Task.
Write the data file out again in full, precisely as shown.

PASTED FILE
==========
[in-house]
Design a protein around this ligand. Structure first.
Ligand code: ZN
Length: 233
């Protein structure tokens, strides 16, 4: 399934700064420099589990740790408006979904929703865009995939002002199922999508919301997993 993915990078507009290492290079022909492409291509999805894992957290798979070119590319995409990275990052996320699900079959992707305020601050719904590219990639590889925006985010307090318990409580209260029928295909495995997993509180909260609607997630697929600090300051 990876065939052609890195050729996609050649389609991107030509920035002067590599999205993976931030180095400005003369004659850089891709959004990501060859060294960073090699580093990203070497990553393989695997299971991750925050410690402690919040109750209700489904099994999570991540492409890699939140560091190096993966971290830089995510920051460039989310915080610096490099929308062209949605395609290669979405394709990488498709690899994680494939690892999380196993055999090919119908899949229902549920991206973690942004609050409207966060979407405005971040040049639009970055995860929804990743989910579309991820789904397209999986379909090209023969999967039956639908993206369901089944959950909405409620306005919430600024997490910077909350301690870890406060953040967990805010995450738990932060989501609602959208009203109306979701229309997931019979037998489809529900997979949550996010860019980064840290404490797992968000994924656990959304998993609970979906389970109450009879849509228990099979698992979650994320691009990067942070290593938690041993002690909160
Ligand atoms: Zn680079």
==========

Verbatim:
[in-house]
Design a protein around this ligand. Structure first.
Ligand code: ZN
Length: 233
């Protein structure tokens, strides 16, 4: 399934700064420099589990740790408006979904929703865009995939002002199922999508919301997993 993915990078507009290492290079022909492409291509999805894992957290798979070119590319995409990275990052996320699900079959992707305020601050719904590219990639590889925006985010307090318990409580209260029928295909495995997993509180909260609607997630697929600090300051 990876065939052609890195050729996609050649389609991107030509920035002067590599999205993976931030180095400005003369004659850089891709959004990501060859060294960073090699580093990203070497990553393989695997299971991750925050410690402690919040109750209700489904099994999570991540492409890699939140560091190096993966971290830089995510920051460039989310915080610096490099929308062209949605395609290669979405394709990488498709690899994680494939690892999380196993055999090919119908899949229902549920991206973690942004609050409207966060979407405005971040040049639009970055995860929804990743989910579309991820789904397209999986379909090209023969999967039956639908993206369901089944959950909405409620306005919430600024997490910077909350301690870890406060953040967990805010995450738990932060989501609602959208009203109306979701229309997931019979037998489809529900997979949550996010860019980064840290404490797992968000994924656990959304998993609970979906389970109450009879849509228990099979698992979650994320691009990067942070290593938690041993002690909160
Ligand atoms: Zn680079």